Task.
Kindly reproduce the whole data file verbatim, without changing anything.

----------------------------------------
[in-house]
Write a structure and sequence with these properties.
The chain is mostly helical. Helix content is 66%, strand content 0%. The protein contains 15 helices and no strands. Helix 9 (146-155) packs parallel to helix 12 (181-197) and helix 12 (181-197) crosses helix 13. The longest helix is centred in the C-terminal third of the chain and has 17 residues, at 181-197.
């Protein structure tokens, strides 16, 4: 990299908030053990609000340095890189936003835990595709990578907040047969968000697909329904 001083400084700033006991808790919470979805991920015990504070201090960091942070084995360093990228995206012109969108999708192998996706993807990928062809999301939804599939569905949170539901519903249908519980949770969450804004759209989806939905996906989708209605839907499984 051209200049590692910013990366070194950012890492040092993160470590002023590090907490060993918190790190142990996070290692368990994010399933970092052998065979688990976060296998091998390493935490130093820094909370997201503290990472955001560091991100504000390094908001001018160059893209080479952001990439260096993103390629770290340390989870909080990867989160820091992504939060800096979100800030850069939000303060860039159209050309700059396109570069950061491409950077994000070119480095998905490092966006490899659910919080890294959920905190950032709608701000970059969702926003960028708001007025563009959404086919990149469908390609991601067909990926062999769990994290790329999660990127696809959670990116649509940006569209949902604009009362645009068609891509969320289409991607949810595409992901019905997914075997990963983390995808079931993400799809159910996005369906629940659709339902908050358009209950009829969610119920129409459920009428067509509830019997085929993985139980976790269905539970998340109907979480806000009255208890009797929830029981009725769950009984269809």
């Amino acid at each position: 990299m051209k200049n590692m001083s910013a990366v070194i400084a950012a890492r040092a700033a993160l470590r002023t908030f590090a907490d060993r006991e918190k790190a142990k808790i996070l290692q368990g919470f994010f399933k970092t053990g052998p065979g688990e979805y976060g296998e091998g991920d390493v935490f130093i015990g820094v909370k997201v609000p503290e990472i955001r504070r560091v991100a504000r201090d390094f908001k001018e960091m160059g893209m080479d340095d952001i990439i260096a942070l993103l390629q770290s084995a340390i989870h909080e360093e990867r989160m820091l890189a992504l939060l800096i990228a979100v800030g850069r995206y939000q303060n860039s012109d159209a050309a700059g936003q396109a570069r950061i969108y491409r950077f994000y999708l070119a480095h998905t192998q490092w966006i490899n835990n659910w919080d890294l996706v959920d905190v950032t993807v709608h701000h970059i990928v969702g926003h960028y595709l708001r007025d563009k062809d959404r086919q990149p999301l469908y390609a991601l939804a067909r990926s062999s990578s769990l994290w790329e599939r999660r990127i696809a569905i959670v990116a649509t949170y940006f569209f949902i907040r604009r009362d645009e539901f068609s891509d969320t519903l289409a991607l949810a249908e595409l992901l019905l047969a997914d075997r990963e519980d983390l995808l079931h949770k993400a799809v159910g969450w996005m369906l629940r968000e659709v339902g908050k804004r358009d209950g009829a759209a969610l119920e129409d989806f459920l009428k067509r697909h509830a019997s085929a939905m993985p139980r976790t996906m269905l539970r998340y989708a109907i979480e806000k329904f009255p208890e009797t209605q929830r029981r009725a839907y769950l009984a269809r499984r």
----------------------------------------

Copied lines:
[in-house]
Write a structure and sequence with these properties.
The chain is mostly helical. Helix content is 66%, strand content 0%. The protein contains 15 helices and no strands. Helix 9 (146-155) packs parallel to helix 12 (181-197) and helix 12 (181-197) crosses helix 13. The longest helix is centred in the C-terminal third of the chain and has 17 residues, at 181-197.
């Protein structure tokens, strides 16, 4: 990299908030053990609000340095890189936003835990595709990578907040047969968000697909329904 001083400084700033006991808790919470979805991920015990504070201090960091942070084995360093990228995206012109969108999708192998996706993807990928062809999301939804599939569905949170539901519903249908519980949770969450804004759209989806939905996906989708209605839907499984 051209200049590692910013990366070194950012890492040092993160470590002023590090907490060993918190790190142990996070290692368990994010399933970092052998065979688990976060296998091998390493935490130093820094909370997201503290990472955001560091991100504000390094908001001018160059893209080479952001990439260096993103390629770290340390989870909080990867989160820091992504939060800096979100800030850069939000303060860039159209050309700059396109570069950061491409950077994000070119480095998905490092966006490899659910919080890294959920905190950032709608701000970059969702926003960028708001007025563009959404086919990149469908390609991601067909990926062999769990994290790329999660990127696809959670990116649509940006569209949902604009009362645009068609891509969320289409991607949810595409992901019905997914075997990963983390995808079931993400799809159910996005369906629940659709339902908050358009209950009829969610119920129409459920009428067509509830019997085929993985139980976790269905539970998340109907979480806000009255208890009797929830029981009725769950009984269809």
């Amino acid at each position: 990299m051209k200049n590692m001083s910013a990366v070194i400084a950012a890492r040092a700033a993160l470590r002023t908030f590090a907490d060993r006991e918190k790190a142990k808790i996070l290692q368990g919470f994010f399933k970092t053990g052998p065979g688990e979805y976060g296998e091998g991920d390493v935490f130093i015990g820094v909370k997201v609000p503290e990472i955001r504070r560091v991100a504000r201090d390094f908001k001018e960091m160059g893209m080479d340095d952001i990439i260096a942070l993103l390629q770290s084995a340390i989870h909080e360093e990867r989160m820091l890189a992504l939060l800096i990228a979100v800030g850069r995206y939000q303060n860039s012109d159209a050309a700059g936003q396109a570069r950061i969108y491409r950077f994000y999708l070119a480095h998905t192998q490092w966006i490899n835990n659910w919080d890294l996706v959920d905190v950032t993807v709608h701000h970059i990928v969702g926003h960028y595709l708001r007025d563009k062809d959404r086919q990149p999301l469908y390609a991601l939804a067909r990926s062999s990578s769990l994290w790329e599939r999660r990127i696809a569905i959670v990116a649509t949170y940006f569209f949902i907040r604009r009362d645009e539901f068609s891509d969320t519903l289409a991607l949810a249908e595409l992901l019905l047969a997914d075997r990963e519980d983390l995808l079931h949770k993400a799809v159910g969450w996005m369906l629940r968000e659709v339902g908050k804004r358009d209950g009829a759209a969610l119920e129409d989806f459920l009428k067509r697909h509830a019997s085929a939905m993985p139980r976790t996906m269905l539970r998340y989708a109907i979480e806000k329904f009255p208890e009797t209605q929830r029981r009725a839907y769950l009984a269809r499984r």